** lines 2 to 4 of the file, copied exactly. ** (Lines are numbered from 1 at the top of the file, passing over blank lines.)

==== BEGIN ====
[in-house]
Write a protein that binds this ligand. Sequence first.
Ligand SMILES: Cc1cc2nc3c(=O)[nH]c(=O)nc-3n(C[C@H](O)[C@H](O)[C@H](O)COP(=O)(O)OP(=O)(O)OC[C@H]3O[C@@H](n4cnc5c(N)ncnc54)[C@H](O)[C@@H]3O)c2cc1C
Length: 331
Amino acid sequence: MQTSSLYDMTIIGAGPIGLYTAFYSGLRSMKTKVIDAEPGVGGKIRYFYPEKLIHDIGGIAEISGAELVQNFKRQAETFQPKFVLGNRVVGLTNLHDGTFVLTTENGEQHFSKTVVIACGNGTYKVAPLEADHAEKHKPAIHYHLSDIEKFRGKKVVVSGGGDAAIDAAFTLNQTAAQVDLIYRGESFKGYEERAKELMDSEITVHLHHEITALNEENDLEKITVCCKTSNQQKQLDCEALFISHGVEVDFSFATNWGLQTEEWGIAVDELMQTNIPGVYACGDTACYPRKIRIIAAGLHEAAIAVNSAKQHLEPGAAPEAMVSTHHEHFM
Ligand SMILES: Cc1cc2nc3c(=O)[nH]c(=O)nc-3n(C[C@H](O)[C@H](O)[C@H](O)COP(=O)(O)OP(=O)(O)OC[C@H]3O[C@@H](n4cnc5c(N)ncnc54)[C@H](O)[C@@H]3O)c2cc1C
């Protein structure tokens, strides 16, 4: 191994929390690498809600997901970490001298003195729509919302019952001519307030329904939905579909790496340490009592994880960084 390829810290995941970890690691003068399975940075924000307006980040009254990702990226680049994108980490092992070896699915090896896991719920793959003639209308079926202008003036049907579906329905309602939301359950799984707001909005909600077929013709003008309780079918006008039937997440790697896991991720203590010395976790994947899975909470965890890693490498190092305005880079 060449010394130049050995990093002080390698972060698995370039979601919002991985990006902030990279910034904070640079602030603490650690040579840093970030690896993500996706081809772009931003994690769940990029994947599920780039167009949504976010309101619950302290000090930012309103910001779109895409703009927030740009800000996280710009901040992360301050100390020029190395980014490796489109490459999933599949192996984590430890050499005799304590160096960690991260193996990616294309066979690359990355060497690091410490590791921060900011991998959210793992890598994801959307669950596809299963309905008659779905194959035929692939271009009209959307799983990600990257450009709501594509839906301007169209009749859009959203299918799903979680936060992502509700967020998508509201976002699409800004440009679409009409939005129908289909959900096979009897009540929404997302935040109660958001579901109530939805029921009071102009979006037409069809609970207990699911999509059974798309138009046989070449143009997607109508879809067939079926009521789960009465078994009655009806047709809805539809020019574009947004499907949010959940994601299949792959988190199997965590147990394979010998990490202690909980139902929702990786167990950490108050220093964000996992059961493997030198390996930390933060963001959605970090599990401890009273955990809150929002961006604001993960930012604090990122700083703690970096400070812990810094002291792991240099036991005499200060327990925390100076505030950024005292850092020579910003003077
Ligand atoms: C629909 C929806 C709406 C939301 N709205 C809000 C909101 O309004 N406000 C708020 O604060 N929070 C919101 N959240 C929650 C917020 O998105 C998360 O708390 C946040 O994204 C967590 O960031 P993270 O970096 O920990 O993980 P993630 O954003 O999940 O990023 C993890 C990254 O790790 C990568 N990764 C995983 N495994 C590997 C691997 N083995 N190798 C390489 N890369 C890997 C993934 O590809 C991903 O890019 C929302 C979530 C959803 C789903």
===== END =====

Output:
Write a protein that binds this ligand. Sequence first.
Ligand SMILES: Cc1cc2nc3c(=O)[nH]c(=O)nc-3n(C[C@H](O)[C@H](O)[C@H](O)COP(=O)(O)OP(=O)(O)OC[C@H]3O[C@@H](n4cnc5c(N)ncnc54)[C@H](O)[C@@H]3O)c2cc1C
Length: 331